A small business owner shares 5 tips on what she believes are the keys to starting a small business.
I had the opportunity this week to chat with a small business owner from my local farmers market. Three years ago, she launched a coffee roasting company which sources its beans from Columbia — her country of origin, and the place her family has grown coffee for generations. Her story is inspirational for many reasons, but it also offers practical wisdom about what it really takes to be a small business owner. I’d like to share a few lessons I gleaned from our conversation. My hope is that those of you who are just starting (or dreaming of starting) a small business will walk away with practical advice and encouragement from someone who is already ‘in the trenches.’
Tip #1: Start Where Your Knowledge, Education, and Experience Meet
My friend Maria’s business concept is a combination of her knowledge, career path (she studied agricultural engineering) and family heritage. In other words, she started with what she knows and loves. You could also add personal positioning to this combination — location, business contacts, social connections, etc. The crossroads where your natural ability, experience, training, and opportunities meet should be the source of your small business idea and the place to start your groundwork. Where is that ‘sweet spot,’ for you?
Tip #2: Don’t Be Intimidated By Other ‘Big Fish’ in The Pond: Find Your Place
Choosing to start a coffee roasting business in the city known as the birthplace and international headquarters of Starbucks isn’t for the faint-hearted. Maria didn’t let this intimidation get to her, though. She doesn’t try to do business like, or compete with, a coffee corporation: she knows her place, and that place is local. People buy her product because it’s unique — fair-trade sourced from Columbia, roasted and sold locally, and enhanced with personal touches. It doesn’t hurt, and as I can personally attest to, that it tastes amazing!
What about you? Have you cast aside your business plan because you’re afraid you’ll be overshadowed? Find out what makes your idea, product, or service unique — then capitalize on it.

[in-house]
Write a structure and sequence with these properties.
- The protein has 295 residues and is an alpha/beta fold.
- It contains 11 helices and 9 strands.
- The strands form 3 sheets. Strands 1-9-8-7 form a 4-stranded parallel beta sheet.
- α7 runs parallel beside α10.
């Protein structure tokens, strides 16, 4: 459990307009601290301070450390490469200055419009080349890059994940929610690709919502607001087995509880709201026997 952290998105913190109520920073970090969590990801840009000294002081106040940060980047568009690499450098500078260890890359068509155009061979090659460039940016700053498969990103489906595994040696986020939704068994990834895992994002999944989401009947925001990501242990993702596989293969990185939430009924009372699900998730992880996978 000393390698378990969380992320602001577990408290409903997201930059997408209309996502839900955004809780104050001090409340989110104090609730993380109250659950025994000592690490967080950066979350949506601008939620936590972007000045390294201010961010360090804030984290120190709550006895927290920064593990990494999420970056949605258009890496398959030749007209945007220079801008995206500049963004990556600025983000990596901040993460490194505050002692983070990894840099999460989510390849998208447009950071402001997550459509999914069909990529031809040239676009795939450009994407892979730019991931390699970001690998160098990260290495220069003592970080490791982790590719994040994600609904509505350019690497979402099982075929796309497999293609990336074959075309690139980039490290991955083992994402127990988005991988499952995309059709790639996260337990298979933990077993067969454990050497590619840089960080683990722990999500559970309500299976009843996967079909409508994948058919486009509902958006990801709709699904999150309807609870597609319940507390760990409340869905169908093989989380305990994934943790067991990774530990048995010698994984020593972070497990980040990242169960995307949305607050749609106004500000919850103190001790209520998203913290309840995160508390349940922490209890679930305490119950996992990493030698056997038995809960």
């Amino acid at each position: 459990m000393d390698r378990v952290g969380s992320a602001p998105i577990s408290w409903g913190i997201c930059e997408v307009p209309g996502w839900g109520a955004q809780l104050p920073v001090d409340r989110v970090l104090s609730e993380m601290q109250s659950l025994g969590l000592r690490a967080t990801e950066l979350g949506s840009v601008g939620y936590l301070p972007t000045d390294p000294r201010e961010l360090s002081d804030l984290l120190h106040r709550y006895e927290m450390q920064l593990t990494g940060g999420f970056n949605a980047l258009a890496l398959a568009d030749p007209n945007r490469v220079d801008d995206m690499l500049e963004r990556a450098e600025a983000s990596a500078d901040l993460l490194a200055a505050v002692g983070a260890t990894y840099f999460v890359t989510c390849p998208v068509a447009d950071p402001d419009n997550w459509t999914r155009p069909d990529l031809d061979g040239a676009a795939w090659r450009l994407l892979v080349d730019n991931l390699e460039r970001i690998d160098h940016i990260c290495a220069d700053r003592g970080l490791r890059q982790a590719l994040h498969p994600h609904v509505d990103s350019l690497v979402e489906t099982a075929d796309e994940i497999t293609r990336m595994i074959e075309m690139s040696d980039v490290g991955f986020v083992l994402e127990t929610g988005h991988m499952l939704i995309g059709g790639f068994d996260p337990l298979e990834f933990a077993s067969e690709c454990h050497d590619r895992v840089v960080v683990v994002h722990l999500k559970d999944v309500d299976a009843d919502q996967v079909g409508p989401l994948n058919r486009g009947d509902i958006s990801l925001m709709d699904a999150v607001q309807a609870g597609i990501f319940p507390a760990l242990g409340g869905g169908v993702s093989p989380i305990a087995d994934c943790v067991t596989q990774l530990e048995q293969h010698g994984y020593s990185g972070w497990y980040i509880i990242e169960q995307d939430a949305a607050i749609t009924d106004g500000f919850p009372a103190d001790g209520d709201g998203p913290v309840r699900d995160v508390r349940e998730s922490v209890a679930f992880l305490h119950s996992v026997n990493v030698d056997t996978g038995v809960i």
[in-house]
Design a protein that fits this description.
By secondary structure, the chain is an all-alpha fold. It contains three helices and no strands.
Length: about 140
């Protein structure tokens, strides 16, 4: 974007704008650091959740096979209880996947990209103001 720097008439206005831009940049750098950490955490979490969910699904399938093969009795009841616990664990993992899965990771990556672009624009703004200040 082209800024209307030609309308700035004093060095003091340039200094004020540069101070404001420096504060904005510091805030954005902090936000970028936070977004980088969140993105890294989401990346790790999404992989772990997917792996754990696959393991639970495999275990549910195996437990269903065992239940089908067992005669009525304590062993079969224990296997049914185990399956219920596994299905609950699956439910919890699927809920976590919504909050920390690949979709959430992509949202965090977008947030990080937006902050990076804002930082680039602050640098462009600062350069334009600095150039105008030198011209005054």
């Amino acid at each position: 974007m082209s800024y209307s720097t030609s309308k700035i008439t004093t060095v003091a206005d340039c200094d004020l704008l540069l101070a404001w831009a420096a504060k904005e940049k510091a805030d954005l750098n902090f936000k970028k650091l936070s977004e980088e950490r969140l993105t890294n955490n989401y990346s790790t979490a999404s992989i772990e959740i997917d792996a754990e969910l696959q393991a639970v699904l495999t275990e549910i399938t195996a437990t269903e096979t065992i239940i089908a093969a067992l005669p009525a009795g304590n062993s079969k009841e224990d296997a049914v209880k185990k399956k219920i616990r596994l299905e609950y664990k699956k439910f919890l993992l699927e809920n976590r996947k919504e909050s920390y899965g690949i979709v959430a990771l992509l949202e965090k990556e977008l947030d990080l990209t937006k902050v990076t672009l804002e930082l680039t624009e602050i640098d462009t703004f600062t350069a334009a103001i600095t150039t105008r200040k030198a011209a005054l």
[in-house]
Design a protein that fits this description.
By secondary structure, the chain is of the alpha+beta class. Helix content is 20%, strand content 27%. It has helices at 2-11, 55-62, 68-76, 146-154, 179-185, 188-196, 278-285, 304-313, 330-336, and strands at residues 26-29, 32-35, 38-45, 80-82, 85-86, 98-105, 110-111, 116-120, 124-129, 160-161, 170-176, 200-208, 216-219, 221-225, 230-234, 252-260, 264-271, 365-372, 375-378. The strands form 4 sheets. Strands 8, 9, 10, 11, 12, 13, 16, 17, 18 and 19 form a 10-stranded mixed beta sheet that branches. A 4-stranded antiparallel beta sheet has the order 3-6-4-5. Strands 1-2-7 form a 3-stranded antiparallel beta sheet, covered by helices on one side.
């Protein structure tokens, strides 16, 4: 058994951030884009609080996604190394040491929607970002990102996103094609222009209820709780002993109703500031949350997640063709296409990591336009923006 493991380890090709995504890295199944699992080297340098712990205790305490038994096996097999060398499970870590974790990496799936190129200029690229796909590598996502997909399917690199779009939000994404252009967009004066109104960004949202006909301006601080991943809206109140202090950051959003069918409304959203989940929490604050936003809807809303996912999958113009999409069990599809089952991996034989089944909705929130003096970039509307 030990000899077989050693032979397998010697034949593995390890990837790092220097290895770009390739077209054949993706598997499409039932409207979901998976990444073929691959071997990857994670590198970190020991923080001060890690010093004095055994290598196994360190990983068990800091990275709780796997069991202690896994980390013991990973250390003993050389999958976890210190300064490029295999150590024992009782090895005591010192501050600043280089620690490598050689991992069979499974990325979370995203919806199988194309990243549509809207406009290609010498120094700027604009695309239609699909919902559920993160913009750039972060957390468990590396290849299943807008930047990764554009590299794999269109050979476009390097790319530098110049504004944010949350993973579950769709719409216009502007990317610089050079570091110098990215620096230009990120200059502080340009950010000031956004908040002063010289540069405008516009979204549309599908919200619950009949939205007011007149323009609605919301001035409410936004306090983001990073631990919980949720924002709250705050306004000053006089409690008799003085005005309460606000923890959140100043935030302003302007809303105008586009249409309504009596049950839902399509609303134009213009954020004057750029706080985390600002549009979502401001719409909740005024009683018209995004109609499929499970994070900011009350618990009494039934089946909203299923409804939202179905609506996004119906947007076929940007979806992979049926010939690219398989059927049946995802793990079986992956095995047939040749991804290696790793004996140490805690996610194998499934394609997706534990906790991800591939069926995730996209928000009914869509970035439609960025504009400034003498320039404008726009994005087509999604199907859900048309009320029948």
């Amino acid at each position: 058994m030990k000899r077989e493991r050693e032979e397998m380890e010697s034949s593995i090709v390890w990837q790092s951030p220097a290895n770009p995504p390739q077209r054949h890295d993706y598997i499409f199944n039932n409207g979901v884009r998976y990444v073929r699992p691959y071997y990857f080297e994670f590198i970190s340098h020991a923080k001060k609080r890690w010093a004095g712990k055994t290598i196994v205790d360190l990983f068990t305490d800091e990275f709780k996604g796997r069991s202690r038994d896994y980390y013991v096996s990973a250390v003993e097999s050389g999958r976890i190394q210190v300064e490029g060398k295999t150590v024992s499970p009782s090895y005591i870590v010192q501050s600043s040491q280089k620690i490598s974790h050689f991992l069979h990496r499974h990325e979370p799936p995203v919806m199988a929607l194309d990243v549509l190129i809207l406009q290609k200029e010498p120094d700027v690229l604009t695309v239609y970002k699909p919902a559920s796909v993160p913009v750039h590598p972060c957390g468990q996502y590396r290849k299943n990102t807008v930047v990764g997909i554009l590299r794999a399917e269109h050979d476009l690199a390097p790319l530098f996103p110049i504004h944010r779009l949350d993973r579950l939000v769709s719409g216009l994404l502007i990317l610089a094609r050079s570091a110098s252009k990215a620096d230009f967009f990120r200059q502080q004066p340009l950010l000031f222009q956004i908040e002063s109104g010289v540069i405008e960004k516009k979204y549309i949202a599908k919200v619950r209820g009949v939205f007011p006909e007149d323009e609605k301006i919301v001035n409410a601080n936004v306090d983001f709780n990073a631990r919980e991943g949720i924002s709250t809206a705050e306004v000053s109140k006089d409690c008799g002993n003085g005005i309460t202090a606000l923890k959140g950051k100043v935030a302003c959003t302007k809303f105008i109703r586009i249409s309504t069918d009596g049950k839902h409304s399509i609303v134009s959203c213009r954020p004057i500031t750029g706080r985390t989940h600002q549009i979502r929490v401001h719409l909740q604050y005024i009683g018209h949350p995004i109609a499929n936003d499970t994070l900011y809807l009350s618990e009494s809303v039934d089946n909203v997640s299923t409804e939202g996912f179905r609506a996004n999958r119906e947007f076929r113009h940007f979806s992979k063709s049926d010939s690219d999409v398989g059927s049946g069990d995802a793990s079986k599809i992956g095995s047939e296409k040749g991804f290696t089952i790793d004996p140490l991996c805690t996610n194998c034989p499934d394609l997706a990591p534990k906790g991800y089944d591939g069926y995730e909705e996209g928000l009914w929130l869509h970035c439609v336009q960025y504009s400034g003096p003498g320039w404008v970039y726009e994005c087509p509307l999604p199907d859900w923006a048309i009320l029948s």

Tip #3: Ask for Help
Maria shared that one of her biggest challenges was learning to ask for help. Whether it’s asking for advice or direction on how to do something related to setting up your business, or seeking out a business partnership, admitting your own insecurities and inadequacies can be very scary. If you can get over that, you’ll quickly find there are others who’ve been there before and are more than willing to help. You’ll never learn and grow unless you admit what you don’t know.
When it comes to considering a business partnership, it’s important to draw up a solid business plan and confide in people you trust. For instance, Maria’s business is bolstered by an investment partnership consisting of four close families. Creating a team or business partnership with others who have similar goals but unique talents and resources to bring to the table doesn’t just benefit you, but everyone involved.
Tip #4: Start Small, Dream Big
Don’t plan to stay at the bottom rung even if you’re starting out there. You’ll be investing a lot of personal time and energy into your business at the beginning, but it’s important to leave at least a little time to dream, market, network, and plan for the future. Know where you want to be, and start laying the groundwork to get there, even it’s as simple as creating a short-term savings goal or investing in your own education and training.
Tip #5: Share Your Dream
Lastly, don’t stay quiet. No matter how ridiculous or unrealistic it seems, tell people your dream — what you want to do — and things will start to happen. You never know what connections, resources, wisdom or ideas others might be able to contribute, so don’t be afraid to talk about your dreams of the business.
Santander Bank does not provide business, tax or legal advice and the information contained in this article does not constitute business, tax or legal advice. Santander Bank does not make any claims, promises or guarantees about the accuracy, completeness, or adequacy of the information contained in this article. Readers should consult their own attorneys or other tax advisors regarding any financial or tax strategies mentioned in this article. These materials are for informational purposes only and do not necessarily reflect the views or endorsement of Santander Bank.
This article is intended for informational purposes only. Readers should consult their own financial advisers, attorneys or other tax advisors regarding any financial or tax strategies mentioned in this article.
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